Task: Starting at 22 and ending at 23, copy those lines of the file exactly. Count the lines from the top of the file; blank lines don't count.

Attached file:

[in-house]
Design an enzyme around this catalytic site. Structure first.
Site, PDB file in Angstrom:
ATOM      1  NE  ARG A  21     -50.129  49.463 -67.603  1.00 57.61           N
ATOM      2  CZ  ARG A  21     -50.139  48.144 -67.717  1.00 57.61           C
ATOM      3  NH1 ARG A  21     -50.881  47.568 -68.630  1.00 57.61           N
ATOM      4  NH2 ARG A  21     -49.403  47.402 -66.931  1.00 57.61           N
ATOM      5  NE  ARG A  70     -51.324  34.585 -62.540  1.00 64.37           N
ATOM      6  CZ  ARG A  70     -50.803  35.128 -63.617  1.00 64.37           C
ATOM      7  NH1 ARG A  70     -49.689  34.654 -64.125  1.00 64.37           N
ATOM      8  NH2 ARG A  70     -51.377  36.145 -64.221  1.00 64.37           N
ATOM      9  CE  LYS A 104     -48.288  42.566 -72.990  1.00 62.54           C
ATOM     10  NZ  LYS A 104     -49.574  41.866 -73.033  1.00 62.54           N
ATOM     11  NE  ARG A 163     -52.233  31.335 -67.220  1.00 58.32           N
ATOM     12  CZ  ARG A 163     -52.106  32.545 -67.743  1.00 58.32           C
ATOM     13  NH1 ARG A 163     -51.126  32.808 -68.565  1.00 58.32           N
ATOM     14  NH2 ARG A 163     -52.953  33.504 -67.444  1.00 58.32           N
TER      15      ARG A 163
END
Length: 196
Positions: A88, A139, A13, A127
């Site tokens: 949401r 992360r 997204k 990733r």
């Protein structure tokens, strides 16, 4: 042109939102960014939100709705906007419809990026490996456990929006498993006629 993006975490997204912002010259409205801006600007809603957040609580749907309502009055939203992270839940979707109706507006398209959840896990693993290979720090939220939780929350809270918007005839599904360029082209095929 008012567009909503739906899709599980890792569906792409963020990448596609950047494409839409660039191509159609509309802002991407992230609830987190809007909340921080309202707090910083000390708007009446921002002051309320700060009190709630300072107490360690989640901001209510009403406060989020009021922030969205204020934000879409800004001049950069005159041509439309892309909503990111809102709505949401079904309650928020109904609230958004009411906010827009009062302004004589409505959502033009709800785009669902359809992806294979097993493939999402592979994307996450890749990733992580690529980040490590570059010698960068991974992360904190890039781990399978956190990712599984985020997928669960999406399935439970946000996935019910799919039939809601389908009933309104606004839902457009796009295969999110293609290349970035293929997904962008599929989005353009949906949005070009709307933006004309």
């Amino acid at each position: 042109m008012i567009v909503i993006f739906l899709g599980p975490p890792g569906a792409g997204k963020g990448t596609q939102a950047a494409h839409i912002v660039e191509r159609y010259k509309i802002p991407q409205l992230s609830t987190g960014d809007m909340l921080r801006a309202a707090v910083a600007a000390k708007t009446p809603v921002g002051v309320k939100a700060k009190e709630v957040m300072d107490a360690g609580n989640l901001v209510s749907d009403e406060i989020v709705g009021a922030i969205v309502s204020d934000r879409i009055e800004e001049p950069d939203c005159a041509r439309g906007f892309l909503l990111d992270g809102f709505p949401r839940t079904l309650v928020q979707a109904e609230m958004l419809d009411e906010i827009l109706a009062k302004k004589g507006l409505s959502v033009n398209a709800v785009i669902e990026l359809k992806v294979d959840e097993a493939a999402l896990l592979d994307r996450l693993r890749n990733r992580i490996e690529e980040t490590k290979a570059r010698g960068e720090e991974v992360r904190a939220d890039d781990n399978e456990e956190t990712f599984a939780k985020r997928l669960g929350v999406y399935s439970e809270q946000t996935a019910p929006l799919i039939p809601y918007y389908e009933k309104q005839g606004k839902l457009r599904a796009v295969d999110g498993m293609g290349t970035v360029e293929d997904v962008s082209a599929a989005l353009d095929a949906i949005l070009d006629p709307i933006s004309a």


């Site tokens: 949401r 992360r 997204k 990733r």
């Protein structure tokens, strides 16, 4: 042109939102960014939100709705906007419809990026490996456990929006498993006629 993006975490997204912002010259409205801006600007809603957040609580749907309502009055939203992270839940979707109706507006398209959840896990693993290979720090939220939780929350809270918007005839599904360029082209095929 008012567009909503739906899709599980890792569906792409963020990448596609950047494409839409660039191509159609509309802002991407992230609830987190809007909340921080309202707090910083000390708007009446921002002051309320700060009190709630300072107490360690989640901001209510009403406060989020009021922030969205204020934000879409800004001049950069005159041509439309892309909503990111809102709505949401079904309650928020109904609230958004009411906010827009009062302004004589409505959502033009709800785009669902359809992806294979097993493939999402592979994307996450890749990733992580690529980040490590570059010698960068991974992360904190890039781990399978956190990712599984985020997928669960999406399935439970946000996935019910799919039939809601389908009933309104606004839902457009796009295969999110293609290349970035293929997904962008599929989005353009949906949005070009709307933006004309």